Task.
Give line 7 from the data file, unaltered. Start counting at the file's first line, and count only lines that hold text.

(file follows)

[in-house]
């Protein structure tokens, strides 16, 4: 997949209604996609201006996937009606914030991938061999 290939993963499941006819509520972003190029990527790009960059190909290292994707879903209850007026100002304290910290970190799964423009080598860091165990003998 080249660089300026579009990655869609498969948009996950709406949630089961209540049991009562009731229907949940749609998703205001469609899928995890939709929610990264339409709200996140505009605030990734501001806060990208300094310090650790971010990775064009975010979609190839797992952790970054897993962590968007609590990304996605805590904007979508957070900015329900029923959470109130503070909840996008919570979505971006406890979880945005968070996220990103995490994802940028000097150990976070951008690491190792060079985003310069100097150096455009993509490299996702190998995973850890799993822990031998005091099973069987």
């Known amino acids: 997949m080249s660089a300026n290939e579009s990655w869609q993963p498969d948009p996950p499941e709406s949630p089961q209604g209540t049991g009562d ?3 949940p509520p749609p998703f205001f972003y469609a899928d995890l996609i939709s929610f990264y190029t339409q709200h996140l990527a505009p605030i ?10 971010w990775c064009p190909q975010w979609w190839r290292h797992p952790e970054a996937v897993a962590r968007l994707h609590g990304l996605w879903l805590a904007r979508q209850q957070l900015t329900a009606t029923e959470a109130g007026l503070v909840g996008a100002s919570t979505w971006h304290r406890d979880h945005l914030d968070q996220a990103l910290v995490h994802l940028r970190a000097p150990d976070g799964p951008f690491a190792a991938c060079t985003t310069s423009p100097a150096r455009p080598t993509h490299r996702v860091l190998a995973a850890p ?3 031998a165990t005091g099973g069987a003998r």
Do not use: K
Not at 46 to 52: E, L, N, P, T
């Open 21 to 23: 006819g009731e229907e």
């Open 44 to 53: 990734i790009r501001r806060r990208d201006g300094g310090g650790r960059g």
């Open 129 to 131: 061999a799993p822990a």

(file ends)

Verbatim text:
């Open 44 to 53: 990734i790009r501001r806060r990208d201006g300094g310090g650790r960059g």